"Finishing Files" takes long time to finish in Micro-manager

I am having issues when closing the freshly-acquired multidimensional data in MM.

Depending on the size of the dataset (typically a few TBs), the closing time could be as long as tens of minutes.

This is a bit annoying to me as I am acquiring multiple datasets of the same sample sequentially.

Anyone has any idea how to reduce this time? For now I just kill MM and restart it…

The “Create metadata.txt file with image Stack Files” checkbox is un-checked in Tools > Options.

Thank you,

Hi Bin,

Are you saving as “image stack files” or as “separate image files” (I suspect the first, but better be sure)?

When you kill MM and restart, can you read back in the data and are all the metadata and display settings correct?

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I’m almost certain this is caused by the writing of a bunch of extra stuff at the end of acquisition–specifically, OME-TIFF metadata, ImageJ metadata, display settings, etc. There’s an unfortunate tradeoff here between portability and performance.

NDTiffStorage has these features removed and thus has this closing time cut to the bare minimum. You can’t save with it through micro-manager MDA yet, but it is the default for Pycro-Manager/Micro-Magellan

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Hi Nico,

Yes, I am saving as “image stack files”.

After I kill MM and restart, I can load the data (n=2) in MM and the display is correct.

This makes sense. I was also suspecting that MM is writing some metadata when closing the data. But how come that writing the metadata takes so long? It could take more than tens minutes sometimes.

Moreover, on rare occasions, the closing of the data is super-fast, like in a few seconds. This happened to me twice (including once this morning), so it might be fixed?

I don’t know, that’s weird. It shouldn’t be particularly variable as to what its writing. Maybe it is something specific to your hard drive and how its writing to different locations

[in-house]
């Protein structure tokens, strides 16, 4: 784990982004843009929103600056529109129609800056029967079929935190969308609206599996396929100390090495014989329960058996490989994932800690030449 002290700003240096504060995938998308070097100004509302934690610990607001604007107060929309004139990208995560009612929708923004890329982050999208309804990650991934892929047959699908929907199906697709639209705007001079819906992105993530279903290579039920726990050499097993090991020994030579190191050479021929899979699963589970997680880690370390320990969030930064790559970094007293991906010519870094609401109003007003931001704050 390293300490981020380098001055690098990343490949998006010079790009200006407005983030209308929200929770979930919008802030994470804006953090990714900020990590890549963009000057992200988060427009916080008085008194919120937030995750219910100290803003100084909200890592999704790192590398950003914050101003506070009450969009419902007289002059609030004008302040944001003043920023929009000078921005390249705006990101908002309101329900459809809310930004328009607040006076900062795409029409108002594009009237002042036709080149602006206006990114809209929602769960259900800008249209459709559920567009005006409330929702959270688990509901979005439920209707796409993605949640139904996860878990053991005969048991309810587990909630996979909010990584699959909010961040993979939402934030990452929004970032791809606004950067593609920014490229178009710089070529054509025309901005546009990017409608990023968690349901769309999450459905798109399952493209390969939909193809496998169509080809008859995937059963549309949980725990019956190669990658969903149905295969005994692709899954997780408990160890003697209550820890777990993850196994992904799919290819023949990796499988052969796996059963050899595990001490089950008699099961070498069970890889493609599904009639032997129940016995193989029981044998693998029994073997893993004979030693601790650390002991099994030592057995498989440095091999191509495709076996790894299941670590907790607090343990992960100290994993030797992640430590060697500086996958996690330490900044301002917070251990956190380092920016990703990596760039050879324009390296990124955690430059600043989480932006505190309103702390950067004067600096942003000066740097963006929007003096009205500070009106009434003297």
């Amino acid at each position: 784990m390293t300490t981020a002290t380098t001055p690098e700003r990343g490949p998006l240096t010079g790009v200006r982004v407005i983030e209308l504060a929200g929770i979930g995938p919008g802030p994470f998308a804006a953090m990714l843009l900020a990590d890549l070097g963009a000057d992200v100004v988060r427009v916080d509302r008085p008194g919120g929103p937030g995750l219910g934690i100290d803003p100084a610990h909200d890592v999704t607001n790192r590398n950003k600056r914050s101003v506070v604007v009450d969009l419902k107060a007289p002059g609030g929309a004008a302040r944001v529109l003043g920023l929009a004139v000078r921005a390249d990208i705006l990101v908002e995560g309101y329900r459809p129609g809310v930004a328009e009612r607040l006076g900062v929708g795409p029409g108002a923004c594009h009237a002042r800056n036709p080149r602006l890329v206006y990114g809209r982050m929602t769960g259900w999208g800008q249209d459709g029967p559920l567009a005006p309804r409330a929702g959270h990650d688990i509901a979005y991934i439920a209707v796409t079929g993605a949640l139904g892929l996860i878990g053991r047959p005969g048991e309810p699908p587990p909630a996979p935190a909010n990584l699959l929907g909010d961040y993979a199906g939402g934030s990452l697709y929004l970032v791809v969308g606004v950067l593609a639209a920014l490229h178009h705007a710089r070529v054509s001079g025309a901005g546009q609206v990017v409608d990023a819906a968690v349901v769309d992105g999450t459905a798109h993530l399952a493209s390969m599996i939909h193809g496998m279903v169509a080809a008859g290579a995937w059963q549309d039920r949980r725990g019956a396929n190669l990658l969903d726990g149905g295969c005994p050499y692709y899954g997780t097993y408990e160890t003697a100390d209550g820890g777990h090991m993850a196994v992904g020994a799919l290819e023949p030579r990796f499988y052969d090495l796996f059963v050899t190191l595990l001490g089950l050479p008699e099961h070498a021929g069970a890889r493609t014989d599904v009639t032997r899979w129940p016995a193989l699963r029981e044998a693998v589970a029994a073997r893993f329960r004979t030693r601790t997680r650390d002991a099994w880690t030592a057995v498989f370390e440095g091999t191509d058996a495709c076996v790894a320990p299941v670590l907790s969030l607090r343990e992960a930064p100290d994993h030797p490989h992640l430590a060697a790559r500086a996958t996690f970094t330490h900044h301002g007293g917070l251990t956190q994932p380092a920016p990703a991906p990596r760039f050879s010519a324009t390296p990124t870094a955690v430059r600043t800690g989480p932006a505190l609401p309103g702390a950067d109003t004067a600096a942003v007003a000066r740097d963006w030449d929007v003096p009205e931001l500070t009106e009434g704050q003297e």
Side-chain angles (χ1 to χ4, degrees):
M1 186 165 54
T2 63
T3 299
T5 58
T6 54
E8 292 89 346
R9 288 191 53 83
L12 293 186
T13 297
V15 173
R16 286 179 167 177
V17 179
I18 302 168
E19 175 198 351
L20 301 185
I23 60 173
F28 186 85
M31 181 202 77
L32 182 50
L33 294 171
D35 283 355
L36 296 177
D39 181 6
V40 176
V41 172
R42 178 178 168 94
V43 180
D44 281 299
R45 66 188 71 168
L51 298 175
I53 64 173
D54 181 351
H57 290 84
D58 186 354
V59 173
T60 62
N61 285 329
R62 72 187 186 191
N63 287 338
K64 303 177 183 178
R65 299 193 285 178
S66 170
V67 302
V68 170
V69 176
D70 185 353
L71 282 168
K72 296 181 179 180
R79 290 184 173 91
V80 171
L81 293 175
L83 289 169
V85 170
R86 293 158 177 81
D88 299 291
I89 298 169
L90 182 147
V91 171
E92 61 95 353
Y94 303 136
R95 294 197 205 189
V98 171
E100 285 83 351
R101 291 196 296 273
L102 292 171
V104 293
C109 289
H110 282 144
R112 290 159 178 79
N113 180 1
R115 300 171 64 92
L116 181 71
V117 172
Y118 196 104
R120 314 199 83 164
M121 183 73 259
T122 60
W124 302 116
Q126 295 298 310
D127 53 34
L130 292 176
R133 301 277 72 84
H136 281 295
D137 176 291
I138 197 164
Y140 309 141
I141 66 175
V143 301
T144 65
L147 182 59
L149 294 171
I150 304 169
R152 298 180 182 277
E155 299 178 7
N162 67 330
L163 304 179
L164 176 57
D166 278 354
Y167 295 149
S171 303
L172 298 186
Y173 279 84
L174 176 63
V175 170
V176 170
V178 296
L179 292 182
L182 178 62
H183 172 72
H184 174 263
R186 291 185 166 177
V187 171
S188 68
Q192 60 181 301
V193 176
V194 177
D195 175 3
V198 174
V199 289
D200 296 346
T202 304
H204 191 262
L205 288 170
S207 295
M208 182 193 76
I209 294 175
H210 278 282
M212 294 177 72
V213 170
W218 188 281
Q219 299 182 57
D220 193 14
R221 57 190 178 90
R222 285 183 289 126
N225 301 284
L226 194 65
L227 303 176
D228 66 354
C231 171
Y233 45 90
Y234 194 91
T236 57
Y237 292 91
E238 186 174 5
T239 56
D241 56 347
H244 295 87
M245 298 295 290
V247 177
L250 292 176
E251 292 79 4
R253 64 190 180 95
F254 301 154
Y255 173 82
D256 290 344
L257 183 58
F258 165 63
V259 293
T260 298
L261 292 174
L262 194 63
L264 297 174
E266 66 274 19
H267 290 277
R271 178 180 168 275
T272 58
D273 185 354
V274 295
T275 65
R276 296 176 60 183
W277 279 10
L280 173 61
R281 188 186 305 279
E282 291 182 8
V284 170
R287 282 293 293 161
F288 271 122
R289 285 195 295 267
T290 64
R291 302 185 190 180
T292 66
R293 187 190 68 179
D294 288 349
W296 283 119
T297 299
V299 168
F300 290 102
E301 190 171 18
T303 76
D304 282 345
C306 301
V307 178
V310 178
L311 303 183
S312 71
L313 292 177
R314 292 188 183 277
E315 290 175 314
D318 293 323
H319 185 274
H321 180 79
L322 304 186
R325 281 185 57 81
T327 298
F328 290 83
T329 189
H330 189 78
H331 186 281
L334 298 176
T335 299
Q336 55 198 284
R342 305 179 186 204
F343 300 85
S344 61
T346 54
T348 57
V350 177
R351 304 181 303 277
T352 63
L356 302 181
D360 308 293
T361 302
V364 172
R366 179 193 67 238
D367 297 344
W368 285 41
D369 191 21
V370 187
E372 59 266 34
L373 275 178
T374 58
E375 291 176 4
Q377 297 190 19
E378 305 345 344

I think @henrypinkard is right about the cause – writing out the OME XML can be very time-consuming and it is entirely done when closing the file (in part because some information that appears early in the XML is only finalized when the dataset is complete). The size of the XML scales with the number of images in the dataset, of course.

Finishing large (100’s of GB) acquisitions on our diSPIM usually takes a decently long time but I feel like it’s on the order of 10’s of seconds rather than minutes. Do you have different physical drives you can test writing to? I wouldn’t be surprised to find that writing metadata to a large HDD would be significantly slower than an SSD.

If this is really a big issue for such large datasets (there are very few people actually writing many TBs in a single dataset), then we may want an option to switch this “finalizing” off (I doubt that Bin will ever want to open the data with ImageJ or OME, so nothing of value to him will be lost). I guess that another part of the reason for the long duration is the enormous redundancy in metadata (each image duplicates the metadata almost verbatim).

Might be easier to just build in an option for saving to NDTiffStorage. I branched it off and removed the OME support in part for this reason – wanted to make it easier to collect TB scale datasets without the overhead of additional features

That sounds like a good idea. @marktsuchida what do you think?

We use a SSD as system drive and a HDD (RAID0 of 8 HDDs) for data storage. The two disks have similar write speed.
I just tried to save datasets of the same size (~160 GB) to them separately. The closing time is ~ 1 minute in both cases.
This is proportional to the closing time of tens of minutes that I experienced when closing datasets of a few TBs.

Indeed as Nico said, not so many people are writing many TBs in a single dataset, though this could change as more people might need to do so in the future.

If one can save to NDTiffStorage in MM, that would be great.

Same issue here. When MDA stopped after 50000 images, it takes about 15 min to “finish files”. I agree that an option to avoid that delay would be a plus (as long as images can be opened after that, of course…).